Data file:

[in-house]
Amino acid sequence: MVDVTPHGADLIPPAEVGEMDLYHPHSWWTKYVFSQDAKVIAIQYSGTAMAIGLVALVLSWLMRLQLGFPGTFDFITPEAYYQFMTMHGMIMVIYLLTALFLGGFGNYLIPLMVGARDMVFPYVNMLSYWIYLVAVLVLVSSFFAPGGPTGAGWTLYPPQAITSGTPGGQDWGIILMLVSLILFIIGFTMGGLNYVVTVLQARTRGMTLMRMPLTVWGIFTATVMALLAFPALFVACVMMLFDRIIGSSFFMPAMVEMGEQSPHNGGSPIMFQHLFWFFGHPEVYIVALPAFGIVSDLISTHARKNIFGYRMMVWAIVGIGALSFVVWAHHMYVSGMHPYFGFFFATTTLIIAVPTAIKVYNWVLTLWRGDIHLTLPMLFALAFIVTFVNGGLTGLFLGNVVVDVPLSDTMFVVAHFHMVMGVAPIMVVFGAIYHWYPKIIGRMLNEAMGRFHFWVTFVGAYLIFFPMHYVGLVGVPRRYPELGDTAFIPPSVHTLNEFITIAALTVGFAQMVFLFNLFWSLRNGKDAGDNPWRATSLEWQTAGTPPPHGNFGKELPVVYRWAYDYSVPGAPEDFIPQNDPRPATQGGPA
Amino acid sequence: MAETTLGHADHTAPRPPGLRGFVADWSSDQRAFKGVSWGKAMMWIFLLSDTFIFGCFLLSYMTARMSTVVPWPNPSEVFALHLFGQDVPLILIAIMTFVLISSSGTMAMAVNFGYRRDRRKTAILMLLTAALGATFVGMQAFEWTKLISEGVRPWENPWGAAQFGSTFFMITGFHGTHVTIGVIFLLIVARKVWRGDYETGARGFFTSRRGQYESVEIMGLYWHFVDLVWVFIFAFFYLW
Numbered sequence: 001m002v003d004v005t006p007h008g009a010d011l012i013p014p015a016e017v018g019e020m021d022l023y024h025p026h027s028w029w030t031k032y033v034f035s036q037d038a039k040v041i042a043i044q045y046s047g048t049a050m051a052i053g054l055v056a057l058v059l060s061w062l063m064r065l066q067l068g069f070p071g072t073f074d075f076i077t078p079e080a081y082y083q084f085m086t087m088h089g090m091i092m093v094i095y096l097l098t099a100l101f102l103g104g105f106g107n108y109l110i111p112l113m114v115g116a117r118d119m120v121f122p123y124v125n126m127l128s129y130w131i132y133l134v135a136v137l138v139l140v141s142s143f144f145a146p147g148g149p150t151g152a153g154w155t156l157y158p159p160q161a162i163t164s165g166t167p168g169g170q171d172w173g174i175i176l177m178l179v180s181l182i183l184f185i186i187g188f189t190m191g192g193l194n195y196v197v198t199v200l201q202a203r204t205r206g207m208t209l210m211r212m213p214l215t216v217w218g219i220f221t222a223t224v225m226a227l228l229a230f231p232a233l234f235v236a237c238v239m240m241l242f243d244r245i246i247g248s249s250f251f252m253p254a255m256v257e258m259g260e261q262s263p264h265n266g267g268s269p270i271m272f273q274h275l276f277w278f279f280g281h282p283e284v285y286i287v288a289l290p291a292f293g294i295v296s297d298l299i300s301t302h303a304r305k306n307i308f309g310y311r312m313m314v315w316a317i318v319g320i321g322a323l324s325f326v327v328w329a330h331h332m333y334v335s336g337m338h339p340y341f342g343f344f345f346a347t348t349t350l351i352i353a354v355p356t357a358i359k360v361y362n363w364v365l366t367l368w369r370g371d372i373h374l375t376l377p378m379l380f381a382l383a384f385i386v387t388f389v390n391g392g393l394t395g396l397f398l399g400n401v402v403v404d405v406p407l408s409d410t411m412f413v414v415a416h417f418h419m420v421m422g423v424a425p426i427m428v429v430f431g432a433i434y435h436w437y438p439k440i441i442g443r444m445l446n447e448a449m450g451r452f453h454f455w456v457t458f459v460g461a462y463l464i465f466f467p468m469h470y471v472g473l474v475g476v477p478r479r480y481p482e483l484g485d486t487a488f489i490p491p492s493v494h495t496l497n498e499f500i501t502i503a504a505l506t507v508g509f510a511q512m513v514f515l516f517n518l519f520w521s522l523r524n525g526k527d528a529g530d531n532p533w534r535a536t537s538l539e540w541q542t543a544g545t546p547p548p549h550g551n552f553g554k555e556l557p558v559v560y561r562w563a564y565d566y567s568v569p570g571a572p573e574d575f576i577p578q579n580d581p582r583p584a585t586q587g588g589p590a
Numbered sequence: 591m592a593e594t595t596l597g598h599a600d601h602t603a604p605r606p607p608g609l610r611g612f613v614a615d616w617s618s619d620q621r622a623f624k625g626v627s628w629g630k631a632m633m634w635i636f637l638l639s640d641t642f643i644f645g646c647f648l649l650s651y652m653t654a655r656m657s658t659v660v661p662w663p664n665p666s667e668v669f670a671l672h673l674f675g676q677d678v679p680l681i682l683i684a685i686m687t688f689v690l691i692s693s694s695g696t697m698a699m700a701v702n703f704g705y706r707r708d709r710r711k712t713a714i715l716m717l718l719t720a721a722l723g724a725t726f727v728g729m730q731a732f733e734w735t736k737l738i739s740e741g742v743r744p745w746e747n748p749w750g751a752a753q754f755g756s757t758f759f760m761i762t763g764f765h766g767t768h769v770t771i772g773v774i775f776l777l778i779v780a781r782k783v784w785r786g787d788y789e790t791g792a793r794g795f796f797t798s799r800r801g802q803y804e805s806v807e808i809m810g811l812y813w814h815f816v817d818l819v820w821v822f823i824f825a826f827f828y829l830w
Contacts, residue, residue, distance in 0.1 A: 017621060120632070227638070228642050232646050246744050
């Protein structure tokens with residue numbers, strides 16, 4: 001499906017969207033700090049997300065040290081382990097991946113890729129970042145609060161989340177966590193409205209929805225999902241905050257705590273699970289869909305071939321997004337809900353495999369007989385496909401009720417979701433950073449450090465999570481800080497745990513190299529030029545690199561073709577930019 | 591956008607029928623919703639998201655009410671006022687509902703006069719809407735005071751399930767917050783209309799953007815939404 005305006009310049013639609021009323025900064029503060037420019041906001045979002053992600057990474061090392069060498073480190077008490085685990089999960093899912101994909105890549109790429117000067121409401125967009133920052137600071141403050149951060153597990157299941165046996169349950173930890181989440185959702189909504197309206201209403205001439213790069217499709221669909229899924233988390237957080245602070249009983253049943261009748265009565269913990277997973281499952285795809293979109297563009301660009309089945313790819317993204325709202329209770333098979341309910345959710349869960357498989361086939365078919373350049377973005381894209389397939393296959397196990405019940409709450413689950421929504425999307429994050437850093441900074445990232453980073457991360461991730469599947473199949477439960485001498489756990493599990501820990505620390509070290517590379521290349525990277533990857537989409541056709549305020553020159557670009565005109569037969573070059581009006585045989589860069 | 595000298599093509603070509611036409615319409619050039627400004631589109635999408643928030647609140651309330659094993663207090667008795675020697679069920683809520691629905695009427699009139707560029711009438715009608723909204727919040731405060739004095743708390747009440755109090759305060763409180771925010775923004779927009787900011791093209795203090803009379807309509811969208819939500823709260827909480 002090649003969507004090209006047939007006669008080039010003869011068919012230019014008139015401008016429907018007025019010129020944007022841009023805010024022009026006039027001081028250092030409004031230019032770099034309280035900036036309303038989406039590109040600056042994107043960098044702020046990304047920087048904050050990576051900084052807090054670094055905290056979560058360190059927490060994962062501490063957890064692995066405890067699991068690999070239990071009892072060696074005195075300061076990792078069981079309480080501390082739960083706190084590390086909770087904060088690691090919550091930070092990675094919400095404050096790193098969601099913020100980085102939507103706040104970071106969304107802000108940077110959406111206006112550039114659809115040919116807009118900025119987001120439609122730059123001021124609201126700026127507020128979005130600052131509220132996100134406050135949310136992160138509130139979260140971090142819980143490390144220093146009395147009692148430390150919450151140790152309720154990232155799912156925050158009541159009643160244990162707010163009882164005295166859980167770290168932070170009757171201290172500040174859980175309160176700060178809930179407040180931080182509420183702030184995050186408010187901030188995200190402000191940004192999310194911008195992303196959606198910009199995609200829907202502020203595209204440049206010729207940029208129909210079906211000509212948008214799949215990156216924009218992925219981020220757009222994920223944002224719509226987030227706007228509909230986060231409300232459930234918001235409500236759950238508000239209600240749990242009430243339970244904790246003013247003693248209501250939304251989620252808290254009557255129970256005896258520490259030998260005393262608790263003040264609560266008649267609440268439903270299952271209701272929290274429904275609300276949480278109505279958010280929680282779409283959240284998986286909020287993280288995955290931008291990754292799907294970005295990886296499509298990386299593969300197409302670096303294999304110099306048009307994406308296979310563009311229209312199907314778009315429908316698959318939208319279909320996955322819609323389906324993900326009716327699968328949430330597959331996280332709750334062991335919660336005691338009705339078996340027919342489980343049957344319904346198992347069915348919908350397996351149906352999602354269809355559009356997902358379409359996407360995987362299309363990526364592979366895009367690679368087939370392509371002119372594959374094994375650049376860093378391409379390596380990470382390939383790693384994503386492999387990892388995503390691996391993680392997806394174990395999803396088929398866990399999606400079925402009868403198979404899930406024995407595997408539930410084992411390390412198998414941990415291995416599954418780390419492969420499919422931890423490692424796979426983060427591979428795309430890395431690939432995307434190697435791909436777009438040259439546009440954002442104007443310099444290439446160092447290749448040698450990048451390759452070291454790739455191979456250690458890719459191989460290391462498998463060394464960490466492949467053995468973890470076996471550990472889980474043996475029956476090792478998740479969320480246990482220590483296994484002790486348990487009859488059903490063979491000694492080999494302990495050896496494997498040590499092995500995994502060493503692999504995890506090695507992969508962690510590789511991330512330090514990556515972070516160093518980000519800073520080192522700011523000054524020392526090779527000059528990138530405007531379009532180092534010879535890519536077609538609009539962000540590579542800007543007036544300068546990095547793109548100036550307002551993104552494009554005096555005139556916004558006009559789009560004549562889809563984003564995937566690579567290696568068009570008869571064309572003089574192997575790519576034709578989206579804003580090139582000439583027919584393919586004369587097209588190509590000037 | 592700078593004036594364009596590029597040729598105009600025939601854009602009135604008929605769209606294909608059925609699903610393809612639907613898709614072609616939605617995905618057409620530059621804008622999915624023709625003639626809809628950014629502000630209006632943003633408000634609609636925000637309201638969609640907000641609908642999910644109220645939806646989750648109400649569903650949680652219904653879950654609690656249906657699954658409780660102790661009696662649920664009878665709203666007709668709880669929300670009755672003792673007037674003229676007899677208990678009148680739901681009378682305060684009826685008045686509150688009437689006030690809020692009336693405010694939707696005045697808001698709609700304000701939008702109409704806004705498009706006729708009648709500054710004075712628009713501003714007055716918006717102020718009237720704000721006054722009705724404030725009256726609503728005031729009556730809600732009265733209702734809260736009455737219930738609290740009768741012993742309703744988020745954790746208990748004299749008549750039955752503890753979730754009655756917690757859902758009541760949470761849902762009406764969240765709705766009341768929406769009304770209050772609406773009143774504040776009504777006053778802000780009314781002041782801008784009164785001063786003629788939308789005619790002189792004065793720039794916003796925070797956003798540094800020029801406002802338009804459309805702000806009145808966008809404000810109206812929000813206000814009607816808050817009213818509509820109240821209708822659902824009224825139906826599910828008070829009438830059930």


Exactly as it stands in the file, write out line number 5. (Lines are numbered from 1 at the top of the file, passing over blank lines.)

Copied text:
Numbered sequence: 591m592a593e594t595t596l597g598h599a600d601h602t603a604p605r606p607p608g609l610r611g612f613v614a615d616w617s618s619d620q621r622a623f624k625g626v627s628w629g630k631a632m633m634w635i636f637l638l639s640d641t642f643i644f645g646c647f648l649l650s651y652m653t654a655r656m657s658t659v660v661p662w663p664n665p666s667e668v669f670a671l672h673l674f675g676q677d678v679p680l681i682l683i684a685i686m687t688f689v690l691i692s693s694s695g696t697m698a699m700a701v702n703f704g705y706r707r708d709r710r711k712t713a714i715l716m717l718l719t720a721a722l723g724a725t726f727v728g729m730q731a732f733e734w735t736k737l738i739s740e741g742v743r744p745w746e747n748p749w750g751a752a753q754f755g756s757t758f759f760m761i762t763g764f765h766g767t768h769v770t771i772g773v774i775f776l777l778i779v780a781r782k783v784w785r786g787d788y789e790t791g792a793r794g795f796f797t798s799r800r801g802q803y804e805s806v807e808i809m810g811l812y813w814h815f816v817d818l819v820w821v822f823i824f825a826f827f828y829l830w